Get 1 more page view just for clicking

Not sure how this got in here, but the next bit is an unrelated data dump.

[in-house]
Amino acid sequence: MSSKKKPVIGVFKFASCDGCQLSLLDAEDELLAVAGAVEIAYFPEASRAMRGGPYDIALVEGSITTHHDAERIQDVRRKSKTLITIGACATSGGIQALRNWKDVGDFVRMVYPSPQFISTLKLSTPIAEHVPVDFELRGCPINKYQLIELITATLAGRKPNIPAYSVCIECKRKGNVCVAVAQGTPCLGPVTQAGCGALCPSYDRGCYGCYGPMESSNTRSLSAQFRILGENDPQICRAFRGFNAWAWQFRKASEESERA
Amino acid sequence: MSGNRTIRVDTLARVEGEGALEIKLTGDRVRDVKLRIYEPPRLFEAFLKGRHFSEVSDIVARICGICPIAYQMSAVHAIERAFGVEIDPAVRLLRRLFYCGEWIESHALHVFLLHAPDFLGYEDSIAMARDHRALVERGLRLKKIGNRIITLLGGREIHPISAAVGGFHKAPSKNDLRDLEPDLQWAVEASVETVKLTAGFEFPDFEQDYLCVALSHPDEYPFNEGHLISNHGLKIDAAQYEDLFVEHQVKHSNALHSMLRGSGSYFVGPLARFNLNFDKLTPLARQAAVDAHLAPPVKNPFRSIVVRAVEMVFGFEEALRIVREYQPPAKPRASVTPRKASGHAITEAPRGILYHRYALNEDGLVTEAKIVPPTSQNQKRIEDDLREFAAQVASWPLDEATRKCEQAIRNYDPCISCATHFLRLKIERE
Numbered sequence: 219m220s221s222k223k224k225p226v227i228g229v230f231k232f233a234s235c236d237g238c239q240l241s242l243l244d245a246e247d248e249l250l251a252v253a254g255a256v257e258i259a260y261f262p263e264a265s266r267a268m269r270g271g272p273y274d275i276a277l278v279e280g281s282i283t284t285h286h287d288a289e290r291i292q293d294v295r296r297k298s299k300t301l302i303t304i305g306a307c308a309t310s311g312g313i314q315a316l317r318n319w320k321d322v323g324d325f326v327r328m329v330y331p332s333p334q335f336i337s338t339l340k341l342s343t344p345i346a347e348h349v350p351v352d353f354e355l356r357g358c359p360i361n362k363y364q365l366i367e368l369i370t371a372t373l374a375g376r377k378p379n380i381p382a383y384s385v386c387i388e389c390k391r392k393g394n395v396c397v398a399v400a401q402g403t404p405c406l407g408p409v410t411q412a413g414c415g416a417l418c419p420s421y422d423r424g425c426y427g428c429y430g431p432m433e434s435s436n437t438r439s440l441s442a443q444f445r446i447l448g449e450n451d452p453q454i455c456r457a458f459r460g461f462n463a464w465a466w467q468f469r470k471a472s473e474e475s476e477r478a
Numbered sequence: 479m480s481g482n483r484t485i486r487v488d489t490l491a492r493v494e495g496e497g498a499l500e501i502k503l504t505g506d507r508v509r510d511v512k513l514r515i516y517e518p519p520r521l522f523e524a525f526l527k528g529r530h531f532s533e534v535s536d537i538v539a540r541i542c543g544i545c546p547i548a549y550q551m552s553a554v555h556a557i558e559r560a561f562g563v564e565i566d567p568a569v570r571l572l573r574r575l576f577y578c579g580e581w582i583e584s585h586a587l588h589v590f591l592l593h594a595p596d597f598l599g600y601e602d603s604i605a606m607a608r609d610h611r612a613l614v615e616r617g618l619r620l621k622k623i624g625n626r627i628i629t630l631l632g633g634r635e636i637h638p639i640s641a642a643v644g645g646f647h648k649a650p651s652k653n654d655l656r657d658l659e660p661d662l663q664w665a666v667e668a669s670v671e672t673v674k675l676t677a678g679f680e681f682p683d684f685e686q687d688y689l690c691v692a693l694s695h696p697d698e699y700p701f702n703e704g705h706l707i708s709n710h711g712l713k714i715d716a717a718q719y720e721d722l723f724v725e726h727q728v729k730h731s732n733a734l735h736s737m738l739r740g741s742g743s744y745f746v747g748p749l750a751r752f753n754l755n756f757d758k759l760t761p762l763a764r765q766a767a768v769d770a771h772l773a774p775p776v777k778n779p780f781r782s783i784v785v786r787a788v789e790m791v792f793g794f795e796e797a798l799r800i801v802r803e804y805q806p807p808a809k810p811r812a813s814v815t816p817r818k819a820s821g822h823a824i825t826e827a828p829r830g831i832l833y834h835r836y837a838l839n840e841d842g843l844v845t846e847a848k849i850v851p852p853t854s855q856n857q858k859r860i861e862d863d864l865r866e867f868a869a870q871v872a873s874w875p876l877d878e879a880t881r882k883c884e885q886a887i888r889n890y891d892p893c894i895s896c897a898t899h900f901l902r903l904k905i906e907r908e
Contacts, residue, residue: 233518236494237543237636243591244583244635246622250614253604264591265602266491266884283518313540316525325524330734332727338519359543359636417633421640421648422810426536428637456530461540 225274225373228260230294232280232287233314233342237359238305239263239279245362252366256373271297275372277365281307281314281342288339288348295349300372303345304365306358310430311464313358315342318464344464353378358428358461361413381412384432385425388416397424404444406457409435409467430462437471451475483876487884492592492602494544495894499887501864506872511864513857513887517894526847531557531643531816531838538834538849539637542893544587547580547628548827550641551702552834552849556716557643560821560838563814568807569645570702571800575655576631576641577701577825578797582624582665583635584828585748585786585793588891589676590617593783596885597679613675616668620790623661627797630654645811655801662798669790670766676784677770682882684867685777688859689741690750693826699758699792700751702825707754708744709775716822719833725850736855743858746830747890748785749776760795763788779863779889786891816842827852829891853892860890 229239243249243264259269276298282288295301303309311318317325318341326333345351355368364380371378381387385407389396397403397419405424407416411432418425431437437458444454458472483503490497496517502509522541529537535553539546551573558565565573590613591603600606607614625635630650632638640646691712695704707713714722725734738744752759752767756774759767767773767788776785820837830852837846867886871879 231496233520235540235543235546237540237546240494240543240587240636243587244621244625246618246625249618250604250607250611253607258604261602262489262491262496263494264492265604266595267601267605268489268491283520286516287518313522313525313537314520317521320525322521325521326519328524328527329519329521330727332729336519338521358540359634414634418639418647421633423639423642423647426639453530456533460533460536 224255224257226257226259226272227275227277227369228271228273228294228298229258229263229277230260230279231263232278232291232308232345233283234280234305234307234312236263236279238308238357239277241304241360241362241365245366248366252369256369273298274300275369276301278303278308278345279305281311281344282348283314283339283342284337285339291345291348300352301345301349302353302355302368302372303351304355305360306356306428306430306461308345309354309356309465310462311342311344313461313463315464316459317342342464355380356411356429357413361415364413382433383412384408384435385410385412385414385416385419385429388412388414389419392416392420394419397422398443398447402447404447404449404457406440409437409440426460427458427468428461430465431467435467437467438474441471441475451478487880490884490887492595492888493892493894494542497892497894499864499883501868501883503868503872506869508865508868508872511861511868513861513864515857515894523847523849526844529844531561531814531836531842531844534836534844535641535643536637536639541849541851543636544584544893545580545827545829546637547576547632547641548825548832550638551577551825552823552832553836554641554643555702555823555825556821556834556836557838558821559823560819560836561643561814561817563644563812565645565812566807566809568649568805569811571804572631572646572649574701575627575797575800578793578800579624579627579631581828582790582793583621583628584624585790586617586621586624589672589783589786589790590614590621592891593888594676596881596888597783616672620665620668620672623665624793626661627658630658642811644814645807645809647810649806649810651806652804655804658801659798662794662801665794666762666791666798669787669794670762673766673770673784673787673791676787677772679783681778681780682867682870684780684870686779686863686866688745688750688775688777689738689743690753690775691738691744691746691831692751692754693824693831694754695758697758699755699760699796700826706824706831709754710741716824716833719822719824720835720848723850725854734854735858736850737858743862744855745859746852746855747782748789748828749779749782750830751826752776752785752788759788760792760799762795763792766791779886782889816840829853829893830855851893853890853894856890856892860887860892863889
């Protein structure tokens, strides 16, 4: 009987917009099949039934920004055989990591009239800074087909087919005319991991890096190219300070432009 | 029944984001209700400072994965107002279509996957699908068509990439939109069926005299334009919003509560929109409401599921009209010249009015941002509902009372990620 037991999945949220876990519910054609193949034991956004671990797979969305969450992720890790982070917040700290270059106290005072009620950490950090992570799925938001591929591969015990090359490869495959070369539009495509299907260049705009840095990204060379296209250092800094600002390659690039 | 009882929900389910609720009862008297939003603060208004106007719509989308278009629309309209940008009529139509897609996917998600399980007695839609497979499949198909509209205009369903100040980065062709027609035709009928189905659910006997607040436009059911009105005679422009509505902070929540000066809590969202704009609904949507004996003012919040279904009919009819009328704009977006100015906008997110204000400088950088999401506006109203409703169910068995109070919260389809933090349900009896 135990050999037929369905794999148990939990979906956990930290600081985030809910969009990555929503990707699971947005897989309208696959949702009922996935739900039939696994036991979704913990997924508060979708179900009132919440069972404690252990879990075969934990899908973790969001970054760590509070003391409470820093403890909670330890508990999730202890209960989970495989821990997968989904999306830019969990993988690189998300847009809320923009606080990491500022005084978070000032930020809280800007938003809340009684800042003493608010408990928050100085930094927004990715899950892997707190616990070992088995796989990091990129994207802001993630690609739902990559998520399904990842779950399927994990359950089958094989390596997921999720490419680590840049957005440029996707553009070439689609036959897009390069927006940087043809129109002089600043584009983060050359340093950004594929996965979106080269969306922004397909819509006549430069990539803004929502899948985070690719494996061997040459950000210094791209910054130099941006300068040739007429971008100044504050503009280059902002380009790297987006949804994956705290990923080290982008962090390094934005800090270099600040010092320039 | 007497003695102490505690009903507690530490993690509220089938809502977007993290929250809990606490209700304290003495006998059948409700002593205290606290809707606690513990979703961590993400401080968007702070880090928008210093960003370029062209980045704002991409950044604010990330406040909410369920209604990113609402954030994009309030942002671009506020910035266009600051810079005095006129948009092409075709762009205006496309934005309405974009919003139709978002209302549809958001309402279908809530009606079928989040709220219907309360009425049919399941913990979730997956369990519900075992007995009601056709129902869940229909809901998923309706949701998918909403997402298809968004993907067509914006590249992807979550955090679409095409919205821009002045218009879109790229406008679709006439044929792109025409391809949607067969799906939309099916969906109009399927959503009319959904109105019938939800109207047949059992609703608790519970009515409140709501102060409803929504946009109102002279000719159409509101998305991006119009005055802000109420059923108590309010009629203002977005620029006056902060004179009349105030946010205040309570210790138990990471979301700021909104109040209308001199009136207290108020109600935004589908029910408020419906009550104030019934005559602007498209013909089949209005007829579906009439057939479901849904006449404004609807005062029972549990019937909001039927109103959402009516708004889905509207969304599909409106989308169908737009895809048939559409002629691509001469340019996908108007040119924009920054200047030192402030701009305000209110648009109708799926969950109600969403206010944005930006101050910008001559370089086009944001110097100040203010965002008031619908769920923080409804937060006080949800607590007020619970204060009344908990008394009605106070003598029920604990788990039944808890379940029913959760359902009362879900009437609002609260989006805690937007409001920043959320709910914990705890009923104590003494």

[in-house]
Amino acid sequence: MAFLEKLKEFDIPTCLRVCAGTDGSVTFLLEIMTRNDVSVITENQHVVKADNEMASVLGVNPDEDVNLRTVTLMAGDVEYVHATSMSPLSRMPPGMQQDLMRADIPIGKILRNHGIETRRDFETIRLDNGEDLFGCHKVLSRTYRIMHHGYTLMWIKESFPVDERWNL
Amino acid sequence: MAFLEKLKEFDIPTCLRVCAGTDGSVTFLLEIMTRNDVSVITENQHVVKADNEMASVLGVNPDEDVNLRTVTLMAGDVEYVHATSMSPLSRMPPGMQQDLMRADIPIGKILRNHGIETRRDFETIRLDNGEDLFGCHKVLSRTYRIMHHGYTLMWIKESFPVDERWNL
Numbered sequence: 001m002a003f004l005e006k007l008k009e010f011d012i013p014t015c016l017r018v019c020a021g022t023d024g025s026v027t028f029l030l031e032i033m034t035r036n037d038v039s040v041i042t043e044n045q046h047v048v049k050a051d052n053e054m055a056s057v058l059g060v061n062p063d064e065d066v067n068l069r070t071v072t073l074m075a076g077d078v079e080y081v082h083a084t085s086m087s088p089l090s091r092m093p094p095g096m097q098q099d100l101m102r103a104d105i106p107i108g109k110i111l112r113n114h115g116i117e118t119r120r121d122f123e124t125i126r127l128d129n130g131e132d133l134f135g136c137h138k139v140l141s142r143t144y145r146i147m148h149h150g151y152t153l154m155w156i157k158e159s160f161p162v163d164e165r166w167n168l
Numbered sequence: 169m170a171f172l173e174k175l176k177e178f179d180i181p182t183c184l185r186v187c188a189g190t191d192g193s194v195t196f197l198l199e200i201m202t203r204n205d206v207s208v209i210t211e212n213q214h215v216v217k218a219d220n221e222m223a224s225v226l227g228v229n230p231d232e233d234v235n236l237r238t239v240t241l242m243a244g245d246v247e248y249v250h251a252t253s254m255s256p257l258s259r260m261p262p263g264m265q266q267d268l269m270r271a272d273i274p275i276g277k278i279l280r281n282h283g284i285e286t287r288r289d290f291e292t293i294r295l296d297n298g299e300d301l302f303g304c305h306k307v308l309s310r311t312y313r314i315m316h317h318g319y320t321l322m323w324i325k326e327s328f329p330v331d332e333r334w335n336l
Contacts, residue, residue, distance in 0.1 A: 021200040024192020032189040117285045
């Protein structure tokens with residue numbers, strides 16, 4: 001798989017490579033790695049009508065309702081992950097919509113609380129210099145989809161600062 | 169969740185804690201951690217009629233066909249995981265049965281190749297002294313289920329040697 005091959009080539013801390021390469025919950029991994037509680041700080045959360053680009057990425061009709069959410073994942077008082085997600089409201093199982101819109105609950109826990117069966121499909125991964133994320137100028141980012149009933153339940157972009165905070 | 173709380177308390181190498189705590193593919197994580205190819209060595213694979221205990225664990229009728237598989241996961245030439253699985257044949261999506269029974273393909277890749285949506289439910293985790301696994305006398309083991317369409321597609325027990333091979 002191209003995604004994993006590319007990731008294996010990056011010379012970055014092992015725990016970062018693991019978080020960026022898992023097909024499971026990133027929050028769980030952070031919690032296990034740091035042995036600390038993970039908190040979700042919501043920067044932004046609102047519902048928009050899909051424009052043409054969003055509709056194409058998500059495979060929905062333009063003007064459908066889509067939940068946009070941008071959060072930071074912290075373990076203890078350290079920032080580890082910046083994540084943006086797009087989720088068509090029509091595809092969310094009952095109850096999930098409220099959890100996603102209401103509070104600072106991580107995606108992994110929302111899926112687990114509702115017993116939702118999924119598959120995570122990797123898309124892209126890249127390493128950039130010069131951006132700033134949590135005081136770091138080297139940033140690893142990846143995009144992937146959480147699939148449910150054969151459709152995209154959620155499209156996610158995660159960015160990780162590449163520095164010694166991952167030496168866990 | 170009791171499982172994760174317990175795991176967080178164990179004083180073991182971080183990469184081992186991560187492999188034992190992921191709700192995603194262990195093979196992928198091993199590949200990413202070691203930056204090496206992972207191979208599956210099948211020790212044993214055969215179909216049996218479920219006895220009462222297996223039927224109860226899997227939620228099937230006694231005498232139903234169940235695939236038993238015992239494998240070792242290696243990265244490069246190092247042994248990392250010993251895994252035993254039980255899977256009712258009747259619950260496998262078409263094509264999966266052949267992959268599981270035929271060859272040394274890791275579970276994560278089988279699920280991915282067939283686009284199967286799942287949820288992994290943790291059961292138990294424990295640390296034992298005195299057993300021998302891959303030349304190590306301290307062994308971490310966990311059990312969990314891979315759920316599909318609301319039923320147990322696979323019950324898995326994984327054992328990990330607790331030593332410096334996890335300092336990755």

to like us on Facebook